Global warming is a well-known phenomenon caused by natural processes and human influences over the past 100 years. It's been changing the earth's climate system in far-reaching ways—with impacts that will be felt on every continent, including melting glaciers, rising seas, and more violent storms.
In fact, recent studies show that it's hotter than it's ever been before. And, despite what some people may think, humans are responsible for changing the planet in ways we will never be able to reverse. While we can certainly shift on a global scale to adapt our lifestyles and prevent further damage, there are many other things we can do to help fight back against the effects of global warming.
So, are we making it worse? Therefore, in today Ramesh Chaurasia news, let's discuss everything you need to know on this topic.
More Frequent and Severe Weather
Global warming affects everyone, no matter where you live. Events like sandy superstorms, severe flooding in parts of Asia, and the recent unprecedented number of tornadoes in the U.S. may be only the beginning.
Ask any scientist, and they'll tell you that the predictions for global warming are getting bleaker by the day. While temperatures may vary from region to region, drastic changes in the weather on a global scale will affect everyone. Experts often use the term "worst case scenario" to describe their projections, so we shouldn't be surprised if what they have in mind only begins to take shape in years to come. That's how long it takes our planet to respond to the changes we humans make to it.
Higher Death Rates
Every day more and more scientific evidence links global warming to human health impacts. This is problematic for many reasons. First, even modest temperatures are uncomfortable for certain individuals, particularly infants, the elderly, and the infirm. There's a danger that such vulnerable populations will be increasingly exposed to extreme heat as climate change progresses.
Second, the preventable deaths associated with severe heat stress can leave communities bereaved and in mourning which in turn can disrupt the routines and lives of those around them. Third, it may serve as a turning point at which more people begin to advocate for drastic changes—and perhaps even an end—to various industrial practices they perceive to be harmful to their health. We're already seeing this occur in some parts of Europe where insurance companies have begun refusing coverage on pollution-based grounds. Too much economic disruption coupled with rising citizen objections may drive governments at all levels to reconsider how they view climate change—and what steps they may need to take to address it.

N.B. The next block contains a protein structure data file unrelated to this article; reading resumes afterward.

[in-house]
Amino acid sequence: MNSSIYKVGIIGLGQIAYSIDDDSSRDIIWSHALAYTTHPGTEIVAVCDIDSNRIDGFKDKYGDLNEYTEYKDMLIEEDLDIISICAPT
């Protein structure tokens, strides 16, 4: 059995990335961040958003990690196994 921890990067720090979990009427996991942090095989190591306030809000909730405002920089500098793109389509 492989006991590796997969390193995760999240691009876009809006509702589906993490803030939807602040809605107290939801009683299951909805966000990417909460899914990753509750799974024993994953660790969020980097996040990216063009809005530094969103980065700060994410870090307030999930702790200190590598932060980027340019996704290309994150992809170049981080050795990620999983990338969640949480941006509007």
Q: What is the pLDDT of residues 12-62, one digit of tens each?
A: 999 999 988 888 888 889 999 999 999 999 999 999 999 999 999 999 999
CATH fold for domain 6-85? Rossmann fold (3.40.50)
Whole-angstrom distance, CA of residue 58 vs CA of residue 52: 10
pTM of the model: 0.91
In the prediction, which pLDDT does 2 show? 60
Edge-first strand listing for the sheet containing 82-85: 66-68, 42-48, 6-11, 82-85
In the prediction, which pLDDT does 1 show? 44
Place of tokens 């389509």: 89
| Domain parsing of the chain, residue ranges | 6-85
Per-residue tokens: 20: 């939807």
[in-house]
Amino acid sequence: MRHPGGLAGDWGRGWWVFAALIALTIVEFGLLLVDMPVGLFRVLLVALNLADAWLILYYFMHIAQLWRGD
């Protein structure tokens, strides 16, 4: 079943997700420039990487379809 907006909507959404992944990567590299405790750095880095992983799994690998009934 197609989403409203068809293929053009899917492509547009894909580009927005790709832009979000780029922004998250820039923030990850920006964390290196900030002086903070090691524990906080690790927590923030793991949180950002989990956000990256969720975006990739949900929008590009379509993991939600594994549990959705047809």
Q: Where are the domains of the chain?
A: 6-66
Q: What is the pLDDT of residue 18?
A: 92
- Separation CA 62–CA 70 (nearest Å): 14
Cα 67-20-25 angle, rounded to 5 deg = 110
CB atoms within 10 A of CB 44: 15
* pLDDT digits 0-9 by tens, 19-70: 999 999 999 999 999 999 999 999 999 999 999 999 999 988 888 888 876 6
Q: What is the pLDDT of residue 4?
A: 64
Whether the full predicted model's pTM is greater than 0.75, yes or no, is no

More Acidic Oceans
We're all concerned about global warming, but while we're wringing our hands and pointing fingers at others, we've largely ignored our own culpability. What's more, it's clear that we can't keep on this path without dire consequences. But, if we refuse to address the problem head-on, things will only get worse.
Obviously, marine ecosystems are very complex and interconnected. We simply don't know how much of impact acidification is having on ocean life or fisheries. And, even if the effects are widespread, it's unclear how successful we would be in mitigating them. But the fact that it's getting worse due to our higher than ever carbon footprint emissions. This acidification of the oceans hits the hardest, especially on the shellfish, such as mollusks, crabs, and so on.
Hopefully, a renewed focus on reducing our global emissions will help mitigate the effects of ocean acidification and forestall potential damage to marine ecosystems.
This list only scratches the surface of the problems that climate change will cause. There are many more challenges ahead, but climate scientists are determined to get the message out. And, so should we—so that we can protect our children, our loved ones, and ourselves from this very real threat.
If you're reading this Ramesh Chaurasia blog, you probably have already understood the climate crisis and the threats it poses. But do you know how to help? There are a number of ways to support environmental efforts, the most important being: to reduce your carbon footprint and speak up. Research shows that a person's willingness to make an effort is directly correlated with their awareness of the issue: if people believe they're doing their part and they're aware of what they can do, they're more likely to take action!
So, make sure to do everything on your part to bring about some change.
Author- Ramesh Chaurasia A superior and highly experienced entrepreneur in the field of business for quite a long time now. Also, a philanthropist, author, and public speaker who believes in working towards the overall well-being and betterment of society as a whole.